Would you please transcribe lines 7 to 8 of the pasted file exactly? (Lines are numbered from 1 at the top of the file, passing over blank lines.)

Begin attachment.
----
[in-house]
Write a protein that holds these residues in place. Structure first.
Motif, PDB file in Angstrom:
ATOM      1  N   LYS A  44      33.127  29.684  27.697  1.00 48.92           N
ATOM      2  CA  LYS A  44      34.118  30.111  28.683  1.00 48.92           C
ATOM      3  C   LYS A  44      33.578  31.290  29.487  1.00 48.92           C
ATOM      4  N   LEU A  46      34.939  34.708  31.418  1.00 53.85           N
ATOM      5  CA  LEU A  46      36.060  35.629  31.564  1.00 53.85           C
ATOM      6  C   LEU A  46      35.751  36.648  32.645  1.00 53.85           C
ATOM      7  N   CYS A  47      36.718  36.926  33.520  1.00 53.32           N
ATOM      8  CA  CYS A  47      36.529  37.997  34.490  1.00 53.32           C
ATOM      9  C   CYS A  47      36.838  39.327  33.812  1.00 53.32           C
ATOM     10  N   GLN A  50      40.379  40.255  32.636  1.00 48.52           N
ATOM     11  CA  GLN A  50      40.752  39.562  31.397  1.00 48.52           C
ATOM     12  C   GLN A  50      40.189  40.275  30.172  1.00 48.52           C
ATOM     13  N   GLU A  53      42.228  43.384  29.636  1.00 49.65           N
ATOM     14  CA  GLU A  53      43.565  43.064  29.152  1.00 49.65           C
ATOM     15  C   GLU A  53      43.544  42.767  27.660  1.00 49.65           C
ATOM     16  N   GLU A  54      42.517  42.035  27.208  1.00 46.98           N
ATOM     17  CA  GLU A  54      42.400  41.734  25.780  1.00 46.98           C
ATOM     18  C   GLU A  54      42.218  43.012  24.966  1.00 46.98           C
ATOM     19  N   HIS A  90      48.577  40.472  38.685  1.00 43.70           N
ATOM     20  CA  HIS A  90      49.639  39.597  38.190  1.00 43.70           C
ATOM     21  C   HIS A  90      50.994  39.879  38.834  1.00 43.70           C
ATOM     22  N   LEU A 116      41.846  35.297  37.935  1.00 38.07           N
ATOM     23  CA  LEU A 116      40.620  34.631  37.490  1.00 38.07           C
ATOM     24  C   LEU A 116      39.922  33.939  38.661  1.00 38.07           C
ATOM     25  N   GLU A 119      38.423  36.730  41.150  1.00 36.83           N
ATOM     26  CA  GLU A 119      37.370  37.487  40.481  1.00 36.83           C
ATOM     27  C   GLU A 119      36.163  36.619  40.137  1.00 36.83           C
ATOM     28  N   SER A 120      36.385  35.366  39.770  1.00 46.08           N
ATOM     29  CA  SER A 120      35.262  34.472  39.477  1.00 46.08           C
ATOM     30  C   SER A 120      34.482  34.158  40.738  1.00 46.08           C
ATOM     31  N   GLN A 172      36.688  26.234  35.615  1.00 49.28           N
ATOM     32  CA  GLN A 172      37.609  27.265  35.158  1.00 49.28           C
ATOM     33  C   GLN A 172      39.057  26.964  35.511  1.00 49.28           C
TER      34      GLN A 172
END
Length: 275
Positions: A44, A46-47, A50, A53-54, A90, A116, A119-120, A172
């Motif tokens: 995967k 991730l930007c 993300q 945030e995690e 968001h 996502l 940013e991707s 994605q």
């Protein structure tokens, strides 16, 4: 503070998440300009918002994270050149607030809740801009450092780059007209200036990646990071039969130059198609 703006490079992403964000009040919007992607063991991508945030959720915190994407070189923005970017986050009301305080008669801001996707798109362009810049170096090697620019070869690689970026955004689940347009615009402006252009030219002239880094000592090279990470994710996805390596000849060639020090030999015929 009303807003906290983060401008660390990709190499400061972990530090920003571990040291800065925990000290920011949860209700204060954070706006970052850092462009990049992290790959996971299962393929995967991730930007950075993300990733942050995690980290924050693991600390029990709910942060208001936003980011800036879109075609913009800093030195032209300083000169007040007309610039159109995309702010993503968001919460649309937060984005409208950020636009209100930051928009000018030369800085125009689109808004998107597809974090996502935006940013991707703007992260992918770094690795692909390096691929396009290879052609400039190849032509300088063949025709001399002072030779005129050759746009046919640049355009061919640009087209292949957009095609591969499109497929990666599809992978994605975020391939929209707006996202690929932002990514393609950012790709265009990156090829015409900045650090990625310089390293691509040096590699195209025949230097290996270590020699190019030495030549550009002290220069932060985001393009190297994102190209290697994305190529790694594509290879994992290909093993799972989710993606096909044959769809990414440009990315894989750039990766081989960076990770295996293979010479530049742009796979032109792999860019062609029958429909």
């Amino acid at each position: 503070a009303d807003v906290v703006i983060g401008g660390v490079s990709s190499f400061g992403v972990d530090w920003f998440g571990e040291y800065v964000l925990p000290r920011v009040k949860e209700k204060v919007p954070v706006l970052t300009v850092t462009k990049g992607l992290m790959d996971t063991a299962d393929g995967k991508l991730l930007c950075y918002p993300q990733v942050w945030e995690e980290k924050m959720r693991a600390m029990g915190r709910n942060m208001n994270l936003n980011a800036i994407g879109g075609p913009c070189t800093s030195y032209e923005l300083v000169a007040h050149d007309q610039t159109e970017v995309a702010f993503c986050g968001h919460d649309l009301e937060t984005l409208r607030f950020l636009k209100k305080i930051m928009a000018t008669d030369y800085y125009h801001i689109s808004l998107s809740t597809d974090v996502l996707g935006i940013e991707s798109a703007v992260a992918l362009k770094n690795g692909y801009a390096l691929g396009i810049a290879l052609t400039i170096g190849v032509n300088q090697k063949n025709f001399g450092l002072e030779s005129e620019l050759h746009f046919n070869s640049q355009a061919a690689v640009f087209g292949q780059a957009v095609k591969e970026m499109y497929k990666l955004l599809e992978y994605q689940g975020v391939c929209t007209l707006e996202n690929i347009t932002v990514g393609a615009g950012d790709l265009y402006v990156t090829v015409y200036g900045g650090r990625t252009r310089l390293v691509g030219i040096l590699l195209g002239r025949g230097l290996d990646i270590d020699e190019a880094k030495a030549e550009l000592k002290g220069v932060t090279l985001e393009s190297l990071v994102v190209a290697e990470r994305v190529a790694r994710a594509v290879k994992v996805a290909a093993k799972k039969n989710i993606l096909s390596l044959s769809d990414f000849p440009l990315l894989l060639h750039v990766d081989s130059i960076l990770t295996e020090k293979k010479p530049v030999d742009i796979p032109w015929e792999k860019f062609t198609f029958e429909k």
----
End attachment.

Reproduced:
ATOM      4  N   LEU A  46      34.939  34.708  31.418  1.00 53.85           N
ATOM      5  CA  LEU A  46      36.060  35.629  31.564  1.00 53.85           C